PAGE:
Below him, Enterprise Boulevard came to a “T” with Republic Avenue just at the entrance to his building. He never entered the building at the downstairs doorway because the climb inside was stifling compared to being outside in the free air. Well, it was sort of free, Raphael thought. His electric bill had recently added a small charge at the bottom called, “Your fair share for clean air.” He thought it ironic that the power companies had done away with all regulations and polluted the air and were now charging their customers to cut down on the filth they had put in there themselves. “Wouldn’t it be nice if they were just better people,” he thought.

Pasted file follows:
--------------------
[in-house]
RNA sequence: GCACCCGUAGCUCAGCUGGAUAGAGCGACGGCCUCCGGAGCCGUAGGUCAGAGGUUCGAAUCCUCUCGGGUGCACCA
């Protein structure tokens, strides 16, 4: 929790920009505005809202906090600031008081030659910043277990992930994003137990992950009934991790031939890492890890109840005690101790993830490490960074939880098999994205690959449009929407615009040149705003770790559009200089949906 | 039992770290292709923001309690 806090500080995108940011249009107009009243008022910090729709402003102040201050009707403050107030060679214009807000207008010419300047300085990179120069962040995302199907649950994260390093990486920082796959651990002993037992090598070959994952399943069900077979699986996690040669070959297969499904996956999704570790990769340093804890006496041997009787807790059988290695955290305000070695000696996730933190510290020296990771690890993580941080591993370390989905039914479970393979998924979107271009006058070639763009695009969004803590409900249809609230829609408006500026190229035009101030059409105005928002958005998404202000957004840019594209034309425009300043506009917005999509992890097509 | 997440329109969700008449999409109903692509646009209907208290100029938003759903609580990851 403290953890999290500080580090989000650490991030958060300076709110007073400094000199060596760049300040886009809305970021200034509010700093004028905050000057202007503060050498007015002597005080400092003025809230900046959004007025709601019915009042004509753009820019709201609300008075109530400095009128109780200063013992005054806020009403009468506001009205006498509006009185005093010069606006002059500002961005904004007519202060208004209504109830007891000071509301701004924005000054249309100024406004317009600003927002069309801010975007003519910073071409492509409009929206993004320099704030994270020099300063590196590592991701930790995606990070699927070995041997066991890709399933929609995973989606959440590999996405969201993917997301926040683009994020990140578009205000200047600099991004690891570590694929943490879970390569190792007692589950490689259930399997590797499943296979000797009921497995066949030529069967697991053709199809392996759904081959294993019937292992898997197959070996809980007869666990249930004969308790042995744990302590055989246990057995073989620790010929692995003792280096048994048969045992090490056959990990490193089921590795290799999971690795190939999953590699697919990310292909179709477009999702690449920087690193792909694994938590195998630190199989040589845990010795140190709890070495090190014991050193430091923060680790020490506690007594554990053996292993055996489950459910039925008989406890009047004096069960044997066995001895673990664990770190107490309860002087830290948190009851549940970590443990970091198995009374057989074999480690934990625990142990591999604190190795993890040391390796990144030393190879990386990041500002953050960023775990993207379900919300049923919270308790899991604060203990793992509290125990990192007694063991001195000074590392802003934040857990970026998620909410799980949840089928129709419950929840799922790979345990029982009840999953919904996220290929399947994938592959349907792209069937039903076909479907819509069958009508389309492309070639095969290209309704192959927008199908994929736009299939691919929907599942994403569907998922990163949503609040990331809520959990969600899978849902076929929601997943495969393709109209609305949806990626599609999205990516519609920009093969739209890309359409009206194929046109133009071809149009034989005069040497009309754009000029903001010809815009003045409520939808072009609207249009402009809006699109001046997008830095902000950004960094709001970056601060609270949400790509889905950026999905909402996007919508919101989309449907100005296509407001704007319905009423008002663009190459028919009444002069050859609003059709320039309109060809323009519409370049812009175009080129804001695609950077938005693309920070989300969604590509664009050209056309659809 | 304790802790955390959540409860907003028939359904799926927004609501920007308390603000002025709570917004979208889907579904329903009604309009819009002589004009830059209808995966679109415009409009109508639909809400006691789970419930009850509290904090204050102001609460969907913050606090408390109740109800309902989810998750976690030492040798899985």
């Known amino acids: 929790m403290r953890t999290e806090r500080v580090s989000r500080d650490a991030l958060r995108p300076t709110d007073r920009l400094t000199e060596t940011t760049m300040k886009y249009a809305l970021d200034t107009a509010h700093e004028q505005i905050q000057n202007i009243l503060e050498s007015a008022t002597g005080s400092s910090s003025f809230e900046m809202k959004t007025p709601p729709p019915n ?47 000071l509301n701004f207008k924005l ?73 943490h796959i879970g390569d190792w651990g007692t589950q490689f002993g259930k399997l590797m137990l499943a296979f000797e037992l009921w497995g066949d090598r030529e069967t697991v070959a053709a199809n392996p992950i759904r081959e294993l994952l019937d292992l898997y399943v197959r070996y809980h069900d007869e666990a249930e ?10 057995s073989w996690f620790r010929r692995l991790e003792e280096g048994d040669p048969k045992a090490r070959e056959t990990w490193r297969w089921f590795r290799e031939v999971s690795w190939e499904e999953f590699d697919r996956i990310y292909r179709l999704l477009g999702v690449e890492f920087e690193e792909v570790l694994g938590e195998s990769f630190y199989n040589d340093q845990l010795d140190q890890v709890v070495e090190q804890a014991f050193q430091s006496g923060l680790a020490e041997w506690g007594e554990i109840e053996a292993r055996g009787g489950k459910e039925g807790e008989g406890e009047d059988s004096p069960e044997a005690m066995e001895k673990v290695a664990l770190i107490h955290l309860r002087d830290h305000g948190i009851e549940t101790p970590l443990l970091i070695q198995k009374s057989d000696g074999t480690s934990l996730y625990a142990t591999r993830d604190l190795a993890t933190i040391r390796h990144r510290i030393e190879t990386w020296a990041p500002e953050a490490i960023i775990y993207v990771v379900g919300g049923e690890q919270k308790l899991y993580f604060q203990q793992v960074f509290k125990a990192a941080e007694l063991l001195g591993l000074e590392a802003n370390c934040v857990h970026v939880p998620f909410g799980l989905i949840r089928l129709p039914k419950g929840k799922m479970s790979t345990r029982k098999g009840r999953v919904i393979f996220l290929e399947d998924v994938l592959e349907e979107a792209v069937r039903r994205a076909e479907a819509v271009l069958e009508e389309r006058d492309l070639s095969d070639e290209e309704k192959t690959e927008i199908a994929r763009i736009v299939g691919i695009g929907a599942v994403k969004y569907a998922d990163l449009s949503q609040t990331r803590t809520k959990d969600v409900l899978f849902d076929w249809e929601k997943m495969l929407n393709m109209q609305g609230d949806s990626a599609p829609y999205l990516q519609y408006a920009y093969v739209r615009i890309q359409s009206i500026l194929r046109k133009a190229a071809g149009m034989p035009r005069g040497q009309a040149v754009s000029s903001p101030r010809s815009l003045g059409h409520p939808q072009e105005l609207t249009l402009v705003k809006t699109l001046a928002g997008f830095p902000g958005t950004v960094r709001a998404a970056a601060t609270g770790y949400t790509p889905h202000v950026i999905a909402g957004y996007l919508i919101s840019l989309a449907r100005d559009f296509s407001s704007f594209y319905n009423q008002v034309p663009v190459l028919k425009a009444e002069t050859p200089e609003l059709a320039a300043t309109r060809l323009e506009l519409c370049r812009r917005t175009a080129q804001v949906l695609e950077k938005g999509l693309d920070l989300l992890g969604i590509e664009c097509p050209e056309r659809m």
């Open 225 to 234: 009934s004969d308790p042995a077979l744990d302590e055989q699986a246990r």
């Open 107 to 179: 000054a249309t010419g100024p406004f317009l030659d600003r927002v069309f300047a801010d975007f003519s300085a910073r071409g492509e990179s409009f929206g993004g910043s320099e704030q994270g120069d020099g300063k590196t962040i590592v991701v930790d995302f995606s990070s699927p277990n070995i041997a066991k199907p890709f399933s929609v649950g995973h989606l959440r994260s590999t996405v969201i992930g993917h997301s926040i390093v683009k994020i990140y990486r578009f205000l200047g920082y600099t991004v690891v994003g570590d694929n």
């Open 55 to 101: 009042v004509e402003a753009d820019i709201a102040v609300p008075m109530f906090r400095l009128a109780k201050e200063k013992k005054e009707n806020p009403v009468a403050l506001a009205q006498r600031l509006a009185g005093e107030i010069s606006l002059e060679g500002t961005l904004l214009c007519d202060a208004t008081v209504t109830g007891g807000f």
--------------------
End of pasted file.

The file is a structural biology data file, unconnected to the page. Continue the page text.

Enterprise, a street that long ago was the heart of the financial district, was now a mile-long downhill gauntlet of cracked roadway bordered by crumbling sidewalks. Raphael thought that he could remember when automobiles used to fill the street with blaring horns and screeching tires taking the turn too fast, and drivers shouting out the opened windows at each other. That was before the decimation of the Middle East by the French and Americans in the third decade of the century turned the only oil fields left into a glowing desert, the sand having turned to glass from the bombs. The government explained to everyone after the end of the Middle East war that there was no more oil left for consumers. The Republic had compensated everyone for the gas-powered automobiles they turned in and banned the manufacture of new ones. Within a few decades the population was ready to absorb an all-out ban on driving. The auto manufacturers were soothed with new orders for war vehicles and material. There were new war plants established throughout the country, and it became one’s patriotic duty to live near one and work there, so there were plenty of jobs, and people no longer needed to drive long distances to work. It was like beating the plow shares, 18-wheelers and family cars back into weapons. Now, with all the cars gone, Enterprise was a frighteningly raucous walkway of city people heading to and from work, walking down the center of the road equidistant from the side-dwellers of homeless families in makeshift tents, and black market vendors selling cigarettes, music vids, beer and TV minutes, and the pick pockets and thugs on roller skates or motorized skateboards who, because of the ceaseless boredom, were looking for a chance to change what they did yesterday into something new for today. There were some one-story century-old houses tucked in between three- and four-story buildings, but most of the zone was full of tents tucked between the buildings. Whenever his walk home from work arrived at Enterprise, Raphael would pull back his un-tucked shirt to expose his .38 revolver. It made the walk home feel safer even though pretty much everyone else had a weapon too and the un-policed world lived under the threat of mutually assured individual destruction. The second law of the New Republic guaranteed that everyone could have a gun. It had been a remnant of an earlier time, like so many of the rules. Of course, also like so many of the rules, the second rule was counter-weighted by the sixth rule. “Thou shalt not kill, except in war.”